Today is the first anniversary of Bradford City’s terrific FA Cup win at Chelsea in the Fourth Round last season, and many commentators are heralding it as the greatest ever FA Cup shock.
It is definitely up there amongst the greatest shocks of all time, a win away from home against the team that went on to become Premier League Champions is not to be under valued, but I’m not convinced it’s even the greatest ever FA Cup shock between League teams, never mind in the history of the competition.
The reason it’s touted as the greatest ever FA Cup shock is because of the financial gulf that exists between the top Premier League clubs and everyone else, a gap exacerbated the further down the Football hierarchy you go. But at the end of the day The Bantams were a third tier side, one that just missed out on reaching the play-offs that season, and there have been many Fourth tier victories over top flight sides in the competition in the past. Yes, Bradford City were away from home, and yes Chelsea had a remarkable home record, but for me the following three victories over Division One sides rank as bigger shocks.
First to mention is Wrexham beating Arsenal 2-1 in the Third Round in 1992, the one where veteran Mickey Thomas scored that fantastic free-kick. Arsenal were defending League Champions whilst Wrexham had finished bottom of Division Four in 92nd place in the Football League. It’s impossible for there to have been a bigger gap between two League sides. Arsenal would go on to finish fourth that season whilst Wrexham would end up mid-table in Division Four (and narrowly lose 1-0 to West Ham United in a Fourth Round replay, another top flight team who admittedly finished last that season).
Whilst that was a terrific win for Wrexham, it has to be said, as good as Arsenal were at the time, they weren’t a dominant force. The gloss on their recent star was definitely beginning to rub off as Manchester United became the team to beat, winning four of the first five Premier League titles. However, back in the 1930s there was another successful Arsenal team, and this one was definitely the top dog. The Herbert Chapman inspired Gunners won the League title five times in the 1930s and won the FA Cup twice in the same decade, alongside being runners-up in 1932.
It was on the back of that runners-up appearance (and after finishing runners-up in the League, too), that Arsenal had to travel to Division Three North outfit Walsall in the 1933 Third Round. There wasn’t a fourth tier in those days with Division Three split between North and South, and so this was the biggest League gap,possible at the time, and The Saddlers had finished 16th out of 21 teams the previous season. They also had only ever won one Third Round FA Cup match in their history, so on paper it was a no-brainer that Arsenal should win. But as any FA Cup historian knows, Walsall won that day by two goals to nil, sending shock-waves through the football world. Walsall would go on to lose to Division One side Manchester City in the Fourth Round, and finish 5th in that season’s Division Three North table. Arsenal would go on to win the title, their first of a hat-trick of titles. Definitely a seismic shock.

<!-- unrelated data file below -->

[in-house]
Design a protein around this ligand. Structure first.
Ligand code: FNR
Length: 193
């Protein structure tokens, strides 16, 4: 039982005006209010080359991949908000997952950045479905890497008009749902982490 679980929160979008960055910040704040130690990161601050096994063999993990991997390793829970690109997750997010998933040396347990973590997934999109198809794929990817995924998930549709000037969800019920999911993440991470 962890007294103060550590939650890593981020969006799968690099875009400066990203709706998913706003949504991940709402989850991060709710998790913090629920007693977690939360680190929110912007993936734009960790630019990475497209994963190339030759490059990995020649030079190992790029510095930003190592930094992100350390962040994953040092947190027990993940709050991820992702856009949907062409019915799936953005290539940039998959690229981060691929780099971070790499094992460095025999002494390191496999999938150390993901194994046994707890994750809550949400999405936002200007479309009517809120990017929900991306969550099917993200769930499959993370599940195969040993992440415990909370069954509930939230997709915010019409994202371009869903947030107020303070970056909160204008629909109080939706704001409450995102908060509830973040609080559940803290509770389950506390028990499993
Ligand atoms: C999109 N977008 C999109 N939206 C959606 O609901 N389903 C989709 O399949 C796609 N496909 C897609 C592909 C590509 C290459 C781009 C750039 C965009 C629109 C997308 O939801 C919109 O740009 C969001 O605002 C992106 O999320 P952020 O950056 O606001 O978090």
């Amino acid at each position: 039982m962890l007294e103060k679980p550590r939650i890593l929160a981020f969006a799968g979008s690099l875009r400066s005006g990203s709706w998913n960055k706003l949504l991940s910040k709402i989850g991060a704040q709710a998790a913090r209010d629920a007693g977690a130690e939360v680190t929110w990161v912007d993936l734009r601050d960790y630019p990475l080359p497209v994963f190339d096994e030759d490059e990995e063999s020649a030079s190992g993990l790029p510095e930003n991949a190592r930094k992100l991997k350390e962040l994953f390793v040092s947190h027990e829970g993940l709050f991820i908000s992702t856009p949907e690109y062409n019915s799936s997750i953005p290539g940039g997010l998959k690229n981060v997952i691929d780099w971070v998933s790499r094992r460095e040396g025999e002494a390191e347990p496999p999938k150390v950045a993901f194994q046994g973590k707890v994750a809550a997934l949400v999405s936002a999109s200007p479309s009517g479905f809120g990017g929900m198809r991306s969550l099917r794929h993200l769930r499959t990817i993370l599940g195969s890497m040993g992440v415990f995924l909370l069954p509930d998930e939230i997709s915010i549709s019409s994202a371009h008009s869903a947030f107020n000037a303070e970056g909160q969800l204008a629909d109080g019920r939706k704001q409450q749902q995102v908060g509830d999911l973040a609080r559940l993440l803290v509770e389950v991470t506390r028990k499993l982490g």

However, even this outstanding, against-the-odds, victory is not regarded by me as the greatest FA Cup shock between League teams. That honour belongs to Colchester United and their 5th Round victory over the mighty Leeds United in the 1970/71 season. Colchester were in the 5th Round of the FA Cup for only the second time in their history (the first was in 1947-48 when they became the first Non-League side to beat a Division One club in the FA Cup – since the Cup was re-organised and top flight clubs were exempt until the Third Round – a 1-0 Third Round win over Huddersfield Town). The club had never played above the Third tier and had only joined the Football League 20 years earlier. And they had finished 10th in Division Four the previous season.
Leeds United, on the other hand, were the dominant team of the late 1960s /early 1970s, winning two League Championships, one FA Cup and European trophies during that period, and when not winning trophies usually being as close as possible runners-up. The tie was a definite mis-match on paper, but Colchester tore up the form guide and stormed into a three goal lead, and even though Leeds pulled two goals back, the Us held on to record a famous victory. Colchester were in the Quarter Finals of the FA Cup for the first and only time in their history, and despite being despatched by Everton in that Quarter Final, this Fifth round win over Leeds United is my nomination as the biggest FA Cup shock between League sides ever.
As for my view on the biggest ever FA Cup shock, that’s for a future blog.